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Doctor Who Kills Off Gay Character Within Record 30 Seconds of His Intro

Doctor Who Kills Off Gay Character Within Record 30 Seconds of His Intro

Doctor Who

The beloved sci-fi series may have broken a "bury your gays" trope record, and it has some fans incensed.

The latest season of Doctor Who made history when it cast Jodie Whitaker as its first-ever female Doctor of the show. And it may have just broken a record for the fastest use of the overused "bury your gays" trope when the show introduced and killed off a gay character within 30 seconds on its New Year's Day special. The move was met with a mixed response from Twitter users. Some slammed the series for feeding into the trope with its deep history of forcing queer characters to pay for their "transgressions." Others held up Doctor Who's history of LGBTQ representation as a defense of the move.

The scene in question from the New Year's Day special involved a security guard (Connor Calland) who halts a Dalek-controlled character (Charlotte Ritchie) as she attempts to move past him into a secure facility. He outs himself when asked who could unlock a fingerprint lock.

"Today, just me. Most secure digits in Yorkshire. That's what I tell my boyfriend, anyway. I probably shouldn't be telling you that, I'm new at this," the security guard says.

Cut to Ritchie's character dragging the security guard's lifeless body down a hallway less than half a minute after he reveals he's queer.

The "bury your gays" trope is a staple of Hollywood reaching back to the heyday of the Production Code when queer-coded characters could only be depicted on film only if they then paid for their transgressions, often by ending up forced into a heterosexual relationship, in a mental institution, or dead. An early example of the trope is the hideous death by fire of the housekeeper Mrs. Danvers, who was obsessed with her employer's first wife, in Alfred Hitchcock's Rebecca (1940).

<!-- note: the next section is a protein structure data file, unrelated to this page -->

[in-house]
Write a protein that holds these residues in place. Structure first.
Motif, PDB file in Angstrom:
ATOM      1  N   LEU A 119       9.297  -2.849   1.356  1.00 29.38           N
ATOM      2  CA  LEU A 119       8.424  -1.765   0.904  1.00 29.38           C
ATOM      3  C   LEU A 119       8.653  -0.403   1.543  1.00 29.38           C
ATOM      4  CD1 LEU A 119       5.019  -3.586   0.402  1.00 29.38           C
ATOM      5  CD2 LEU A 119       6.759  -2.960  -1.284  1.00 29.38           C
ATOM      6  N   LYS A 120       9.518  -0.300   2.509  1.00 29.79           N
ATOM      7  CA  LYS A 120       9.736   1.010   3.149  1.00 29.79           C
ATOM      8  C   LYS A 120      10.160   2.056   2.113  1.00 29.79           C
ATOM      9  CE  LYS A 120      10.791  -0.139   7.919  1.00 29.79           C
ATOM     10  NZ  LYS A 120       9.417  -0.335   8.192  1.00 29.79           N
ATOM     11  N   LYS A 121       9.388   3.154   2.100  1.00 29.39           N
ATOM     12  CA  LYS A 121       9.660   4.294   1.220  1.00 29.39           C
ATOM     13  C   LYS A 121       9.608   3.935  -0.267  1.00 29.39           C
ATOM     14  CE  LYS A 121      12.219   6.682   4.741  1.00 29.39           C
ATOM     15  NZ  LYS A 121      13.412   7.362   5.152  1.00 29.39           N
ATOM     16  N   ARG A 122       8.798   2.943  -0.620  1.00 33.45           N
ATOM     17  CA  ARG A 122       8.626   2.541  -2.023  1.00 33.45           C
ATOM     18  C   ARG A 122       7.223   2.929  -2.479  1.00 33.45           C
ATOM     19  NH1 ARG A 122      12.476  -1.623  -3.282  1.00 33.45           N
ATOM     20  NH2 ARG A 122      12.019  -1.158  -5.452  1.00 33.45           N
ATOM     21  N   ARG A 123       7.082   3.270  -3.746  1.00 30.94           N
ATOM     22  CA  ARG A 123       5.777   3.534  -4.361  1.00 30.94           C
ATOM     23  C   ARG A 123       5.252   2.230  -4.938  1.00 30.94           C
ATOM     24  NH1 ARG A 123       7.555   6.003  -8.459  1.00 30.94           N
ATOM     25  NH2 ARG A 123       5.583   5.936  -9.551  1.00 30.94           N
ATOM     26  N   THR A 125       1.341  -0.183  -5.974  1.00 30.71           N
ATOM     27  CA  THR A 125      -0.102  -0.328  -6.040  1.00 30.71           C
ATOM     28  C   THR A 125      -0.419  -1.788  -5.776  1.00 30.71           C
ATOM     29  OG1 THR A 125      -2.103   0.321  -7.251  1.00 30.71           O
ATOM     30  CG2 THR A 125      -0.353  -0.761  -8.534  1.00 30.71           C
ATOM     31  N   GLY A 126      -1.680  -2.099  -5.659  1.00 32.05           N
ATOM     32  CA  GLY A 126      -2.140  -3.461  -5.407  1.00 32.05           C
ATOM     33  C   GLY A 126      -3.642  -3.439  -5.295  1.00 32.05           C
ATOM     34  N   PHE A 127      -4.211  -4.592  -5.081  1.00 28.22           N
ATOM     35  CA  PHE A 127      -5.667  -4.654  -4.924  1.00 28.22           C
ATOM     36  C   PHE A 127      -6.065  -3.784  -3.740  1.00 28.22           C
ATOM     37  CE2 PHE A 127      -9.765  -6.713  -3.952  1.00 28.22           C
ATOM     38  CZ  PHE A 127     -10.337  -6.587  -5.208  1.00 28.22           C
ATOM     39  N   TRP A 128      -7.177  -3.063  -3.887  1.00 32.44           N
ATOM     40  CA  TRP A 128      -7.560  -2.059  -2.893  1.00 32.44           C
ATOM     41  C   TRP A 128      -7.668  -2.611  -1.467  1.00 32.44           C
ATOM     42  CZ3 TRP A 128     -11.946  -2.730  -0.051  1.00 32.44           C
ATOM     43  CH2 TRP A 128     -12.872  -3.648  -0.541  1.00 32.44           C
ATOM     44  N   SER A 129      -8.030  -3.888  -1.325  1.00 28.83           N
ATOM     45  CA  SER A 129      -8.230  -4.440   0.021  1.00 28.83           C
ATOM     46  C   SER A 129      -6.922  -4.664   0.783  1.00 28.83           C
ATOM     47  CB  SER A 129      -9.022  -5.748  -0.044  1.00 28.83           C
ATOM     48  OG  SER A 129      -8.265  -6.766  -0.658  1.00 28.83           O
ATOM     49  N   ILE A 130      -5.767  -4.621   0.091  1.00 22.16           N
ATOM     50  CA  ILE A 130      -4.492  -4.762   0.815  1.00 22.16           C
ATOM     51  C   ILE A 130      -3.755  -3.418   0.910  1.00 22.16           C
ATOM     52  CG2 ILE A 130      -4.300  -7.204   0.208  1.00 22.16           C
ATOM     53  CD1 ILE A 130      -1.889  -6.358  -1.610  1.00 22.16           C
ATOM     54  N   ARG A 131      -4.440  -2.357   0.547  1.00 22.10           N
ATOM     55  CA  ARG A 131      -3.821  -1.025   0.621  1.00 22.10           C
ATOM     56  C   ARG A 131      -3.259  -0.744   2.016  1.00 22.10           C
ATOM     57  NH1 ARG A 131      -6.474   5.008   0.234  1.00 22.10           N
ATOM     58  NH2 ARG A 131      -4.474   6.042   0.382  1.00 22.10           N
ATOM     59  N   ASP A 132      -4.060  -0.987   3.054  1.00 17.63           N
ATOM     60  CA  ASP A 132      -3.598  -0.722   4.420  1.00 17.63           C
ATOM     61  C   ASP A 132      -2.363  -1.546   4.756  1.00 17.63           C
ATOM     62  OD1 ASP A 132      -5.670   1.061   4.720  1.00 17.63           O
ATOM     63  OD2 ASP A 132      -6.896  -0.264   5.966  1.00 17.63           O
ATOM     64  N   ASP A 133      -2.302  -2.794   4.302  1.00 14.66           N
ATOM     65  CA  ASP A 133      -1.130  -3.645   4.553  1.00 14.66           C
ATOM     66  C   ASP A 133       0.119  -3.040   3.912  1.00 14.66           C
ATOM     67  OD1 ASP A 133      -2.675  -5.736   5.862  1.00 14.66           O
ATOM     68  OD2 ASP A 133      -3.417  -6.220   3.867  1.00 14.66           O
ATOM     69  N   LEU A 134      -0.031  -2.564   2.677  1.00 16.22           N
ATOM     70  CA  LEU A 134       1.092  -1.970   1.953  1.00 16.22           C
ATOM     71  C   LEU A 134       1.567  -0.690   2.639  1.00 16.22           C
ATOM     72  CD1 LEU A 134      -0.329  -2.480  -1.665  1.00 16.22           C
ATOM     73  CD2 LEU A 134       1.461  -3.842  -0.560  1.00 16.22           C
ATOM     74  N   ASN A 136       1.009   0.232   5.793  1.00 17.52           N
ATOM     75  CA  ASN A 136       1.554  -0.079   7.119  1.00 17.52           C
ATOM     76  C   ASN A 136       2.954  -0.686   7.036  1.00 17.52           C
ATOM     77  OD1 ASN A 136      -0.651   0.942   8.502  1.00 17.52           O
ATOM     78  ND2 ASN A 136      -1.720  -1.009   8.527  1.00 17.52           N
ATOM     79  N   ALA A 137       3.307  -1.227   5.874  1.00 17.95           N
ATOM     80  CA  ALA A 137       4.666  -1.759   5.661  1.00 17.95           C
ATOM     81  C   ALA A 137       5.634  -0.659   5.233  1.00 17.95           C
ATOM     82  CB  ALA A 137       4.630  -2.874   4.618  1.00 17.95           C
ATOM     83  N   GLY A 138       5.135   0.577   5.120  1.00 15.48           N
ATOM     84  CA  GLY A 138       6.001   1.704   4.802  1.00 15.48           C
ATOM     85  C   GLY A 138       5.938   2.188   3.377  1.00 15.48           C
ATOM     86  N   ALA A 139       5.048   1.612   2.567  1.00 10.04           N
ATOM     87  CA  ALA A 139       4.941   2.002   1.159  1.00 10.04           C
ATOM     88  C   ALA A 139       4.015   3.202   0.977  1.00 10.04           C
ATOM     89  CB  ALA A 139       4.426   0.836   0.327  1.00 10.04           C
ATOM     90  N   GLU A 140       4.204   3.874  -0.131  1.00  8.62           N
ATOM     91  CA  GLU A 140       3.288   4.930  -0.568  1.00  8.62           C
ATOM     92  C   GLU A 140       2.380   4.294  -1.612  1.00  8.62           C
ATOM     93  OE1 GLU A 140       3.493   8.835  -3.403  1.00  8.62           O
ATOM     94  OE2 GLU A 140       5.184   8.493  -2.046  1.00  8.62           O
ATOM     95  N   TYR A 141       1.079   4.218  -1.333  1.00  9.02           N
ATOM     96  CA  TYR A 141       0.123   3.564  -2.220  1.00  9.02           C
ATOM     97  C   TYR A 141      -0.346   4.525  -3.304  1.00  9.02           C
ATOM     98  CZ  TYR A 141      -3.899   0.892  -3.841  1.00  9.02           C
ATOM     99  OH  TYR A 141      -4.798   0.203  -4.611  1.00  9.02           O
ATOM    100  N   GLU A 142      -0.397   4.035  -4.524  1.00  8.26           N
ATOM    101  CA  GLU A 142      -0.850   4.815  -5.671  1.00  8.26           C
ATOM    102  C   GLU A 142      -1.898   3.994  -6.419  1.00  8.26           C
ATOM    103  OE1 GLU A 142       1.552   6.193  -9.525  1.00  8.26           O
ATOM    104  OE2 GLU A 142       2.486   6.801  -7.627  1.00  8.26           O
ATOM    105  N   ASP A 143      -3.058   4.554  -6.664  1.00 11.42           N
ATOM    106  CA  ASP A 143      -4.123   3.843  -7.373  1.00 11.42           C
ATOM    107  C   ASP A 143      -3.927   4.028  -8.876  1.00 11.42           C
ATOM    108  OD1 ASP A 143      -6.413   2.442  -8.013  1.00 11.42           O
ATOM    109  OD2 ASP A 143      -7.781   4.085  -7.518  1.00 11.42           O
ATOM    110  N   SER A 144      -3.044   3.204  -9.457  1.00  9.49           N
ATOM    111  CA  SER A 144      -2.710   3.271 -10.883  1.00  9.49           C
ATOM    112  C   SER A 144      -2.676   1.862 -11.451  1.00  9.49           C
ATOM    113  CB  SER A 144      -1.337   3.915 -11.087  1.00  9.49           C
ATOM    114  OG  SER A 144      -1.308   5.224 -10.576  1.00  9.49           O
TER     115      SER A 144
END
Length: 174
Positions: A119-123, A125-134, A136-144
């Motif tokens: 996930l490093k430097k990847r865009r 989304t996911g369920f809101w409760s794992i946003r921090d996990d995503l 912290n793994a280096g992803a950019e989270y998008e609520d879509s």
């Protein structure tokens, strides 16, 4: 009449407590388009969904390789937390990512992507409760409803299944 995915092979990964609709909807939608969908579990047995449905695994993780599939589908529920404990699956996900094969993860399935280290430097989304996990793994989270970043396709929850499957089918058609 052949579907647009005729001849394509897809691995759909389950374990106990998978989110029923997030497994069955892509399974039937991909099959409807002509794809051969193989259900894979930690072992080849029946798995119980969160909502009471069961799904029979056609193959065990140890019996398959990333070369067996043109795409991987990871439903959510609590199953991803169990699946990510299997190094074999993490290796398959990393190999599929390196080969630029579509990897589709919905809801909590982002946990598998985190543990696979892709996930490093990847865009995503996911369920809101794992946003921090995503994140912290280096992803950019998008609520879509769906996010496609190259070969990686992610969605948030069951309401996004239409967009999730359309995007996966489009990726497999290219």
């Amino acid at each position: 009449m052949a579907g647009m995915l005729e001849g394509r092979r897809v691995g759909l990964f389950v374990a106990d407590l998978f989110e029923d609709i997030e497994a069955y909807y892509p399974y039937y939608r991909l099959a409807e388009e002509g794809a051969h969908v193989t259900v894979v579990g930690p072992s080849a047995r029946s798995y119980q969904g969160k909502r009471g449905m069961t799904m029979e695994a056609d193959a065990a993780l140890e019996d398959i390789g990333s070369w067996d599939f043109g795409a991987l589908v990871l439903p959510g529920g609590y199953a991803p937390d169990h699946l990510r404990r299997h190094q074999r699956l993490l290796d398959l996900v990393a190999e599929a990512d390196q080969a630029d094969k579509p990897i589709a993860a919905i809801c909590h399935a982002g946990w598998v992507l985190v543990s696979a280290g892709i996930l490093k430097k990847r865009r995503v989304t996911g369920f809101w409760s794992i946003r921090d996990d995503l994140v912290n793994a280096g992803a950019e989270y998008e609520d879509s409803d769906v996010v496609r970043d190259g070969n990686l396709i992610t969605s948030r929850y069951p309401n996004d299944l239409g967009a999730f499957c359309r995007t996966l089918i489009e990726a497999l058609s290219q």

Even as LGBTQ representation in film and television has generally improved, deaths of queer characters have proliferated -- especially on the small screen. At a panel in 2017, a spokesperson for GLAAD revealed that 62 LGBTQ TV characters had been killed off in the prior two years on shows including Orange Is the New Black, House of Cards, Pretty Little Liars, The Walking Dead, and Empire.

But a particularly unwarranted death -- of the lesbian warrior Lexa after she and the bisexual lead Clarke had consummated their love on the CW's The 100 -- set off unprecedented fan backlash that resulted in Twitter campaigns and threats of a boycott by the relatively small audience. And showrunners far and wide heard the battle cry from fans.

Over the years, Doctor Who has introduced several LGBTQ characters, including John Barrowman's omnisexual Captain Jack Harkness. There was also an interspecies lesbian couple that included the lizard woman Madame Vastra (Neve McIntosh) and her wife, Jenny (Catrin Stewart). In 2017, the show introduced Pearl Mackie's character Bill Potts as the Doctor's first lesbian companion.

Still, the blink-and-you-miss-it death of Doctor Who'sout security guard was viewed by some on social media as a sign that its writers had not learned the lesson of The 100 and by others as an indication that Doctor Who'sLGBTQ characters are viewed as equal to other characters who are often disposed of quickly and with little fanfare.

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Tracy E. Gilchrist

Tracy E. Gilchrist is the VP, Executive Producer of Entertainment for the Advocate Channel. A media veteran, she writes about the intersections of LGBTQ+ equality and pop culture. Previously, she was the editor-in-chief of The Advocate and the first feminism editor for the 55-year-old brand. In 2017, she launched the company's first podcast, The Advocates. She is an experienced broadcast interviewer, panel moderator, and public speaker who has delivered her talk, "Pandora's Box to Pose: Game-changing Visibility in Film and TV," at universities throughout the country.
Tracy E. Gilchrist is the VP, Executive Producer of Entertainment for the Advocate Channel. A media veteran, she writes about the intersections of LGBTQ+ equality and pop culture. Previously, she was the editor-in-chief of The Advocate and the first feminism editor for the 55-year-old brand. In 2017, she launched the company's first podcast, The Advocates. She is an experienced broadcast interviewer, panel moderator, and public speaker who has delivered her talk, "Pandora's Box to Pose: Game-changing Visibility in Film and TV," at universities throughout the country.